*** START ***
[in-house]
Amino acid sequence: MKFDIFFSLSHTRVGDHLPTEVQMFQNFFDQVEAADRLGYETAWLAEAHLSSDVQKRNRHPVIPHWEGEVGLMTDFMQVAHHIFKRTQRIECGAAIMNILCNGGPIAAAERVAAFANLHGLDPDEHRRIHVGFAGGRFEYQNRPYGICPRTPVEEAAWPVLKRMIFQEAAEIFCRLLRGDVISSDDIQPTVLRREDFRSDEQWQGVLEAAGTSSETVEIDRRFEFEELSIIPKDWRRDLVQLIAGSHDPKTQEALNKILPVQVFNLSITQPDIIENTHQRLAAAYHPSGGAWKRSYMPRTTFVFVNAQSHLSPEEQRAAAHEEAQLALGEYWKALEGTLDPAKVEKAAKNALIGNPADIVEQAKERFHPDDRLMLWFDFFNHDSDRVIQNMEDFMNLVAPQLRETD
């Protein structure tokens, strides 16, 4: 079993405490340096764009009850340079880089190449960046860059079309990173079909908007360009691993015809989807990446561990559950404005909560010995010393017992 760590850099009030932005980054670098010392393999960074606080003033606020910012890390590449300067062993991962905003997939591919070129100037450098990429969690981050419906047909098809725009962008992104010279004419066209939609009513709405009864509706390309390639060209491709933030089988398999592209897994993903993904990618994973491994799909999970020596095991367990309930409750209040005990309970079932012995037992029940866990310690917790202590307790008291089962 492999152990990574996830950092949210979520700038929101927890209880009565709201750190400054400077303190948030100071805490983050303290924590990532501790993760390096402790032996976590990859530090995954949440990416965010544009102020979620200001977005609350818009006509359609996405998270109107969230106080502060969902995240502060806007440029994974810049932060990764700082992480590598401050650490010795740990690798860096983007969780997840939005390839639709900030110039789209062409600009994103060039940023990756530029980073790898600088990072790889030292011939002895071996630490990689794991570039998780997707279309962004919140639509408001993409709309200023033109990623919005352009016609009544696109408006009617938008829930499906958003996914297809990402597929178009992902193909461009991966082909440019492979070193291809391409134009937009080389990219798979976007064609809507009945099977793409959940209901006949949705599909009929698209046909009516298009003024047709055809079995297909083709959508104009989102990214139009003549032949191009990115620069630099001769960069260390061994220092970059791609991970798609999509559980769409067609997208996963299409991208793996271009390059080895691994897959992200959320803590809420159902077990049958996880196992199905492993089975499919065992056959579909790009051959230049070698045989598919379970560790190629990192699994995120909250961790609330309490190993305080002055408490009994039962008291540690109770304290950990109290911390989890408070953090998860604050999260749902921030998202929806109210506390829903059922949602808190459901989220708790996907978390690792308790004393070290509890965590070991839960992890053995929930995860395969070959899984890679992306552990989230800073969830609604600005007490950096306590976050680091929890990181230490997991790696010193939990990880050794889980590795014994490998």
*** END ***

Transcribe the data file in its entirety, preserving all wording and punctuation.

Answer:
[in-house]
Amino acid sequence: MKFDIFFSLSHTRVGDHLPTEVQMFQNFFDQVEAADRLGYETAWLAEAHLSSDVQKRNRHPVIPHWEGEVGLMTDFMQVAHHIFKRTQRIECGAAIMNILCNGGPIAAAERVAAFANLHGLDPDEHRRIHVGFAGGRFEYQNRPYGICPRTPVEEAAWPVLKRMIFQEAAEIFCRLLRGDVISSDDIQPTVLRREDFRSDEQWQGVLEAAGTSSETVEIDRRFEFEELSIIPKDWRRDLVQLIAGSHDPKTQEALNKILPVQVFNLSITQPDIIENTHQRLAAAYHPSGGAWKRSYMPRTTFVFVNAQSHLSPEEQRAAAHEEAQLALGEYWKALEGTLDPAKVEKAAKNALIGNPADIVEQAKERFHPDDRLMLWFDFFNHDSDRVIQNMEDFMNLVAPQLRETD
């Protein structure tokens, strides 16, 4: 079993405490340096764009009850340079880089190449960046860059079309990173079909908007360009691993015809989807990446561990559950404005909560010995010393017992 760590850099009030932005980054670098010392393999960074606080003033606020910012890390590449300067062993991962905003997939591919070129100037450098990429969690981050419906047909098809725009962008992104010279004419066209939609009513709405009864509706390309390639060209491709933030089988398999592209897994993903993904990618994973491994799909999970020596095991367990309930409750209040005990309970079932012995037992029940866990310690917790202590307790008291089962 492999152990990574996830950092949210979520700038929101927890209880009565709201750190400054400077303190948030100071805490983050303290924590990532501790993760390096402790032996976590990859530090995954949440990416965010544009102020979620200001977005609350818009006509359609996405998270109107969230106080502060969902995240502060806007440029994974810049932060990764700082992480590598401050650490010795740990690798860096983007969780997840939005390839639709900030110039789209062409600009994103060039940023990756530029980073790898600088990072790889030292011939002895071996630490990689794991570039998780997707279309962004919140639509408001993409709309200023033109990623919005352009016609009544696109408006009617938008829930499906958003996914297809990402597929178009992902193909461009991966082909440019492979070193291809391409134009937009080389990219798979976007064609809507009945099977793409959940209901006949949705599909009929698209046909009516298009003024047709055809079995297909083709959508104009989102990214139009003549032949191009990115620069630099001769960069260390061994220092970059791609991970798609999509559980769409067609997208996963299409991208793996271009390059080895691994897959992200959320803590809420159902077990049958996880196992199905492993089975499919065992056959579909790009051959230049070698045989598919379970560790190629990192699994995120909250961790609330309490190993305080002055408490009994039962008291540690109770304290950990109290911390989890408070953090998860604050999260749902921030998202929806109210506390829903059922949602808190459901989220708790996907978390690792308790004393070290509890965590070991839960992890053995929930995860395969070959899984890679992306552990989230800073969830609604600005007490950096306590976050680091929890990181230490997991790696010193939990990880050794889980590795014994490998």